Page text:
The Hungarians living in Transylvania believe that the economic effects of the COVID-19 epidemic will be at least as serious as those of the 2008 financial crisis, results from the Coronavirus in Transylvania survey show. The study was conducted voluntarily by the Közpolitikai Elemző Központ Egyesület (Association of the Public Policy Analysis Center), which manages Erdélystat, a statistical website on Transylvania, and by the SoDiSo Research polling group. The latest results, published several days ago, focus on the economic effects of the pandemic and show that 15 percent of respondents are seriously endangered, meaning that a possible prolongation of the crisis may result in fundamental challenges to their ability to subsist.
The study focused on five major problems. The first and second parts of the results, regarding people’s general health and attitudes as well as issues with social distancing and movement restrictions, are already available on TransylvaniaNOW. In this third part, we present the economic and social effects of the epidemic.
According to the study, this situation is affecting everyone financially. While there is a consensus that the economic effects of the epidemic will be at least as severe as those of the 2008 economic crisis, the majority of the respondents are envisioning a more negative scenario.
Approximately two-thirds of respondents said their financial situation will worsen significantly, and only one-quarter hopes that the epidemic won’t have a lingering effect on household income.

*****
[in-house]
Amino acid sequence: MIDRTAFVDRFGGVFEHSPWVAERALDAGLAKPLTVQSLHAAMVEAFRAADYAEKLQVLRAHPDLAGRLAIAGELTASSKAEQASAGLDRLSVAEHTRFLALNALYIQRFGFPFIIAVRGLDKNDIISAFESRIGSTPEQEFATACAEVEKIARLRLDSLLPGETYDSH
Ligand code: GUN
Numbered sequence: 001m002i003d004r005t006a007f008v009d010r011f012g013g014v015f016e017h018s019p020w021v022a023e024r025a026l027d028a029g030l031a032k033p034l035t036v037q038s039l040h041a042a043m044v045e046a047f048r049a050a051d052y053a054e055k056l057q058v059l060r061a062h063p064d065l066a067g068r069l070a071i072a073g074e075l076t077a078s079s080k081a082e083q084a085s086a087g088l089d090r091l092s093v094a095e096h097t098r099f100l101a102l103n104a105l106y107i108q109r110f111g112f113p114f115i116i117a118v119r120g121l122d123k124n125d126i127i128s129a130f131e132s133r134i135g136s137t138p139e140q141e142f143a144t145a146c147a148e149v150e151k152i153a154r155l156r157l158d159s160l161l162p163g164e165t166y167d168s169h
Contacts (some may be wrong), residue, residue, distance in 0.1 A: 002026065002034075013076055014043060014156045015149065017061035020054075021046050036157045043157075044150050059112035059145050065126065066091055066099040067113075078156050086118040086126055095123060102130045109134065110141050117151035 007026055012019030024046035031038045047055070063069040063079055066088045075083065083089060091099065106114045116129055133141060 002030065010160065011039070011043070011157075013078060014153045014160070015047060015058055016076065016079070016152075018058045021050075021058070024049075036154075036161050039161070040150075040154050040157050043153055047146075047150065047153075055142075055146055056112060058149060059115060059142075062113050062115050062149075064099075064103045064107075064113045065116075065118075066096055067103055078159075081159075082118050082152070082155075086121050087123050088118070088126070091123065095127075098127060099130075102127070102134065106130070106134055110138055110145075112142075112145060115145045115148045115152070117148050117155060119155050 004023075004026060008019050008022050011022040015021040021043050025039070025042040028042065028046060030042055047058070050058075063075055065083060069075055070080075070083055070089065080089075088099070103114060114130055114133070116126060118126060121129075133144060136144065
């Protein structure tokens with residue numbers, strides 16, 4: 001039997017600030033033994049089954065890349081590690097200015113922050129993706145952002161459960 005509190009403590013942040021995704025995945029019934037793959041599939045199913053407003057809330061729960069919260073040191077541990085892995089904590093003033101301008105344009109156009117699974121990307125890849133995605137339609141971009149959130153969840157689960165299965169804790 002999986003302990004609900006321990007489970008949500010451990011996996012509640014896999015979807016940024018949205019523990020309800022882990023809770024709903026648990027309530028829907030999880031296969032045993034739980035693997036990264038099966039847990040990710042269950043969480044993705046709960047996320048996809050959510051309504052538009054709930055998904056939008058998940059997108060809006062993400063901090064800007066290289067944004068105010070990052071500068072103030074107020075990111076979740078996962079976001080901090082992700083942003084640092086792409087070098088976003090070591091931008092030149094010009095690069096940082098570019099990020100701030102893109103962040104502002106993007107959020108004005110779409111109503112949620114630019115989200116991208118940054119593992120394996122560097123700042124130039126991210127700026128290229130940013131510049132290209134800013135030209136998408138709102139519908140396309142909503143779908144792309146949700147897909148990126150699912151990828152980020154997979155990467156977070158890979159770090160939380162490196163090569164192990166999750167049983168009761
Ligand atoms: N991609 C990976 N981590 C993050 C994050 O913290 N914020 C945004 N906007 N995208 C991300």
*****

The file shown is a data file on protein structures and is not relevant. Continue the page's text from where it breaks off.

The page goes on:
Those who live in urban areas, youth, those with a low level of education and those who work in agriculture are more pessimistic. By economic sectors, those working in hospitality, commerce, industry and transport are expecting more negative scenarios.
Four out of ten people may end up in a vulnerable situation: 42 percent of the respondents are likely to have basic expenses they will not be able to cover if the epidemic lasts two or three months. For most of them (29 percent), paying bills will be problematic, while one-quarter fear they won’t have enough money for food.
If restrictions are not eased or special social benefits are not introduced, around 15 percent of respondents could find themselves in a serious situation in the short term: Even buying food could be a problem for them within a month.
The severely vulnerable are overrepresented among youth living in Szeklerland and the Partium region, as well as those with a middle-school or vocational-school education. By labor market activity, the most affected are unskilled workers, those with jobs that do not require specific qualifications, those employed in services, the self-employed and farmers who produce food for their own families. By economic sector, those working in trade, hospitality, light industry and construction are facing above-average existential vulnerability.
The study was conducted between April 1-10, with the participation of 7,450 people. The survey was carried out online and via phone.
Title image: One-quarter of the respondents fear they won’t have enough money for food. Photo: Egészségkalauz.ro